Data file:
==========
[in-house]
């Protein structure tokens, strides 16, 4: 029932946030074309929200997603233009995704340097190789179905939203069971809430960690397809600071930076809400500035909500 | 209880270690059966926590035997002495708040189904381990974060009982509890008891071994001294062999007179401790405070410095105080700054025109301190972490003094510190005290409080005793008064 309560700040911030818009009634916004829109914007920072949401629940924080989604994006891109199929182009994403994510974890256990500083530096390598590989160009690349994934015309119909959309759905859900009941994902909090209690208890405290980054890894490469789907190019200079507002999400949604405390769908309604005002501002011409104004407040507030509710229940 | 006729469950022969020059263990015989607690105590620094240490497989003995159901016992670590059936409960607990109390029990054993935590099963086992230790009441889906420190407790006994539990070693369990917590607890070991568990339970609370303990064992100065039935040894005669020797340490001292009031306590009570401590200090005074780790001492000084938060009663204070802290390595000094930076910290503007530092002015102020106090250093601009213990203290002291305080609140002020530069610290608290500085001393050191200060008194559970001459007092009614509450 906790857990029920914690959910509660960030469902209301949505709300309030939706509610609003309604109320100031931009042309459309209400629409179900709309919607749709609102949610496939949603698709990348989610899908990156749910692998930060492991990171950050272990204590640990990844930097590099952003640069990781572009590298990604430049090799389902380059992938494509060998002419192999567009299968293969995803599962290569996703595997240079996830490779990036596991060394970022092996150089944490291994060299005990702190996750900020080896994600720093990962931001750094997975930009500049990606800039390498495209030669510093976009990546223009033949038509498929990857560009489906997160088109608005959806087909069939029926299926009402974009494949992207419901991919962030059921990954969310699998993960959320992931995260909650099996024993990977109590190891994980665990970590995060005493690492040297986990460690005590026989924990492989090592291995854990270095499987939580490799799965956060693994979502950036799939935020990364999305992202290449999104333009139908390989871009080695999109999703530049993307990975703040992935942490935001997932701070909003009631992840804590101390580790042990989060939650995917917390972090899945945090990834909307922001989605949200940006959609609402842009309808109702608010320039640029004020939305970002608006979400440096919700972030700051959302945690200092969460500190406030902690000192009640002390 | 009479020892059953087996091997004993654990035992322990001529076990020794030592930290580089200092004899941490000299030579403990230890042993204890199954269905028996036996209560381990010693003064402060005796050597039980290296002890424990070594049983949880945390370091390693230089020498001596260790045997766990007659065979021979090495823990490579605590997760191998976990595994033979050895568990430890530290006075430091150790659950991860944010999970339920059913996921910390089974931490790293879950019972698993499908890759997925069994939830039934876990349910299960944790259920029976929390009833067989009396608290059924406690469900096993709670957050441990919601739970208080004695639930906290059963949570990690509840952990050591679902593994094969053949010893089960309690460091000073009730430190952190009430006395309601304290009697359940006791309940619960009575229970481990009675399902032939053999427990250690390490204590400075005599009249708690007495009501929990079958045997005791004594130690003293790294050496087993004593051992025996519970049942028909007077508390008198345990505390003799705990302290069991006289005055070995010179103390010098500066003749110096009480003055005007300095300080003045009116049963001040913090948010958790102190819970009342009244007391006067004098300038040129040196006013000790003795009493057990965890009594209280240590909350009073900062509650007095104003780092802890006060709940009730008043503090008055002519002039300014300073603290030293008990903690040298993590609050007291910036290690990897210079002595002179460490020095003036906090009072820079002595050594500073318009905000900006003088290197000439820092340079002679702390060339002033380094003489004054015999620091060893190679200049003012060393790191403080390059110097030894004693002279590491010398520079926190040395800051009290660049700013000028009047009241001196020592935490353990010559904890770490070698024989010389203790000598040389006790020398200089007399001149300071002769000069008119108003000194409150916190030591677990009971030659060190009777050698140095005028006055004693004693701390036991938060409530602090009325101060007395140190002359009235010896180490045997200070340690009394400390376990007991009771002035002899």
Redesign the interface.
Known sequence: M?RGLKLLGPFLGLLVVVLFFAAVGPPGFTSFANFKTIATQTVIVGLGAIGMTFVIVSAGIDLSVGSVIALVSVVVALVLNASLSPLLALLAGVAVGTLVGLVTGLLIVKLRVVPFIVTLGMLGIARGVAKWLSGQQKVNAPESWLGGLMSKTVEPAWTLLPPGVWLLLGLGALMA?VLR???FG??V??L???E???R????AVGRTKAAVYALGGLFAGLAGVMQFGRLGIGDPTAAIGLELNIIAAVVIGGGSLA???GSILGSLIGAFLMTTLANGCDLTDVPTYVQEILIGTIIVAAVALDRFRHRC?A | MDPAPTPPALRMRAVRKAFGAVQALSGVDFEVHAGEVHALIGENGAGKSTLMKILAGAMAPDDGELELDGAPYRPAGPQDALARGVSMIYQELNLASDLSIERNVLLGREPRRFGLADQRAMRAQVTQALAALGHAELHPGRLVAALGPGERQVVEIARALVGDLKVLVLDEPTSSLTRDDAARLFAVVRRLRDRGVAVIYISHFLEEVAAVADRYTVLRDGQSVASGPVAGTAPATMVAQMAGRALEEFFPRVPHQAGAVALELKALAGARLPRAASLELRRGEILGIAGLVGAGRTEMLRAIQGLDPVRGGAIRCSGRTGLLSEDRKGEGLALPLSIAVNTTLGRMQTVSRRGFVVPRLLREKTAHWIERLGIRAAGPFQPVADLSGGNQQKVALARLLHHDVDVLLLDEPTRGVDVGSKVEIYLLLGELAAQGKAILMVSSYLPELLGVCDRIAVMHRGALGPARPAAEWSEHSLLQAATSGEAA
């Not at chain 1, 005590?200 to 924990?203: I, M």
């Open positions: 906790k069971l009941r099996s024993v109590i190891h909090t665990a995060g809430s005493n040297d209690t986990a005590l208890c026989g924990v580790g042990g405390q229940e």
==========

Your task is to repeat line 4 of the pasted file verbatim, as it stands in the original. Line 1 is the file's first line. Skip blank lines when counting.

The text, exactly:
Known sequence: M?RGLKLLGPFLGLLVVVLFFAAVGPPGFTSFANFKTIATQTVIVGLGAIGMTFVIVSAGIDLSVGSVIALVSVVVALVLNASLSPLLALLAGVAVGTLVGLVTGLLIVKLRVVPFIVTLGMLGIARGVAKWLSGQQKVNAPESWLGGLMSKTVEPAWTLLPPGVWLLLGLGALMA?VLR???FG??V??L???E???R????AVGRTKAAVYALGGLFAGLAGVMQFGRLGIGDPTAAIGLELNIIAAVVIGGGSLA???GSILGSLIGAFLMTTLANGCDLTDVPTYVQEILIGTIIVAAVALDRFRHRC?A | MDPAPTPPALRMRAVRKAFGAVQALSGVDFEVHAGEVHALIGENGAGKSTLMKILAGAMAPDDGELELDGAPYRPAGPQDALARGVSMIYQELNLASDLSIERNVLLGREPRRFGLADQRAMRAQVTQALAALGHAELHPGRLVAALGPGERQVVEIARALVGDLKVLVLDEPTSSLTRDDAARLFAVVRRLRDRGVAVIYISHFLEEVAAVADRYTVLRDGQSVASGPVAGTAPATMVAQMAGRALEEFFPRVPHQAGAVALELKALAGARLPRAASLELRRGEILGIAGLVGAGRTEMLRAIQGLDPVRGGAIRCSGRTGLLSEDRKGEGLALPLSIAVNTTLGRMQTVSRRGFVVPRLLREKTAHWIERLGIRAAGPFQPVADLSGGNQQKVALARLLHHDVDVLLLDEPTRGVDVGSKVEIYLLLGELAAQGKAILMVSSYLPELLGVCDRIAVMHRGALGPARPAAEWSEHSLLQAATSGEAA